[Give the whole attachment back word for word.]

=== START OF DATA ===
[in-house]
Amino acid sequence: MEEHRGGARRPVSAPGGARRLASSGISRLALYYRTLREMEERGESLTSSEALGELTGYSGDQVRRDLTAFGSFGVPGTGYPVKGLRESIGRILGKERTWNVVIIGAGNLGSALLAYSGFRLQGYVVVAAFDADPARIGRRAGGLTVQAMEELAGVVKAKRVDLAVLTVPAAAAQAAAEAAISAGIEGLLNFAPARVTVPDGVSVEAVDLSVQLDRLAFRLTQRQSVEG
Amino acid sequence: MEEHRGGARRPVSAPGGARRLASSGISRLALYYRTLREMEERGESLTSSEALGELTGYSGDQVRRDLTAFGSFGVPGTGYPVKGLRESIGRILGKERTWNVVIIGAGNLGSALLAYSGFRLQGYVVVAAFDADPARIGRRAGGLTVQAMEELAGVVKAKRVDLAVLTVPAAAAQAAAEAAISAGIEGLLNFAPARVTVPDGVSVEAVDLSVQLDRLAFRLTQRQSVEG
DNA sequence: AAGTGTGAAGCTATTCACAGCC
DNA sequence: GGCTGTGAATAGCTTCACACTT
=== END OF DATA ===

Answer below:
[in-house]
Amino acid sequence: MEEHRGGARRPVSAPGGARRLASSGISRLALYYRTLREMEERGESLTSSEALGELTGYSGDQVRRDLTAFGSFGVPGTGYPVKGLRESIGRILGKERTWNVVIIGAGNLGSALLAYSGFRLQGYVVVAAFDADPARIGRRAGGLTVQAMEELAGVVKAKRVDLAVLTVPAAAAQAAAEAAISAGIEGLLNFAPARVTVPDGVSVEAVDLSVQLDRLAFRLTQRQSVEG
Amino acid sequence: MEEHRGGARRPVSAPGGARRLASSGISRLALYYRTLREMEERGESLTSSEALGELTGYSGDQVRRDLTAFGSFGVPGTGYPVKGLRESIGRILGKERTWNVVIIGAGNLGSALLAYSGFRLQGYVVVAAFDADPARIGRRAGGLTVQAMEELAGVVKAKRVDLAVLTVPAAAAQAAAEAAISAGIEGLLNFAPARVTVPDGVSVEAVDLSVQLDRLAFRLTQRQSVEG
DNA sequence: AAGTGTGAAGCTATTCACAGCC
DNA sequence: GGCTGTGAATAGCTTCACACTT